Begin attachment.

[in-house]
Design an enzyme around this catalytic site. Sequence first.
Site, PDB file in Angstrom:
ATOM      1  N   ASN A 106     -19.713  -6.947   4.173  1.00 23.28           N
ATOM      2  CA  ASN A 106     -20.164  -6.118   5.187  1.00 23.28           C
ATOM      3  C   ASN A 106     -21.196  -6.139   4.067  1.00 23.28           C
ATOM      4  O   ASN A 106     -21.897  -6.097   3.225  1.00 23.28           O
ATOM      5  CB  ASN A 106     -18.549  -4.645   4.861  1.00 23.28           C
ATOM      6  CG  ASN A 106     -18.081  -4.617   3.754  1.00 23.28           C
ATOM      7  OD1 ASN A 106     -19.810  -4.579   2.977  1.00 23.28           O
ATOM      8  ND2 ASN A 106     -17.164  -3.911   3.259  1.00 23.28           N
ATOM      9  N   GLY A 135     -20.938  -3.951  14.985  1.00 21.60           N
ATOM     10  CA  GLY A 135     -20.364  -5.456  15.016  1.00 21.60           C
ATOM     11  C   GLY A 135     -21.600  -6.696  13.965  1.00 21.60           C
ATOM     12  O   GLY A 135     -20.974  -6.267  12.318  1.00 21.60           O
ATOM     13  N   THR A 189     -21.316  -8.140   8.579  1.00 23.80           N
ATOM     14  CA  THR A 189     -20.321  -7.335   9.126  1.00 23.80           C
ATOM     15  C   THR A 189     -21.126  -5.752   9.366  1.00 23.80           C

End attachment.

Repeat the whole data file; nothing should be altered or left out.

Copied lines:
[in-house]
Design an enzyme around this catalytic site. Sequence first.
Site, PDB file in Angstrom:
ATOM      1  N   ASN A 106     -19.713  -6.947   4.173  1.00 23.28           N
ATOM      2  CA  ASN A 106     -20.164  -6.118   5.187  1.00 23.28           C
ATOM      3  C   ASN A 106     -21.196  -6.139   4.067  1.00 23.28           C
ATOM      4  O   ASN A 106     -21.897  -6.097   3.225  1.00 23.28           O
ATOM      5  CB  ASN A 106     -18.549  -4.645   4.861  1.00 23.28           C
ATOM      6  CG  ASN A 106     -18.081  -4.617   3.754  1.00 23.28           C
ATOM      7  OD1 ASN A 106     -19.810  -4.579   2.977  1.00 23.28           O
ATOM      8  ND2 ASN A 106     -17.164  -3.911   3.259  1.00 23.28           N
ATOM      9  N   GLY A 135     -20.938  -3.951  14.985  1.00 21.60           N
ATOM     10  CA  GLY A 135     -20.364  -5.456  15.016  1.00 21.60           C
ATOM     11  C   GLY A 135     -21.600  -6.696  13.965  1.00 21.60           C
ATOM     12  O   GLY A 135     -20.974  -6.267  12.318  1.00 21.60           O
ATOM     13  N   THR A 189     -21.316  -8.140   8.579  1.00 23.80           N
ATOM     14  CA  THR A 189     -20.321  -7.335   9.126  1.00 23.80           C
ATOM     15  C   THR A 189     -21.126  -5.752   9.366  1.00 23.80           C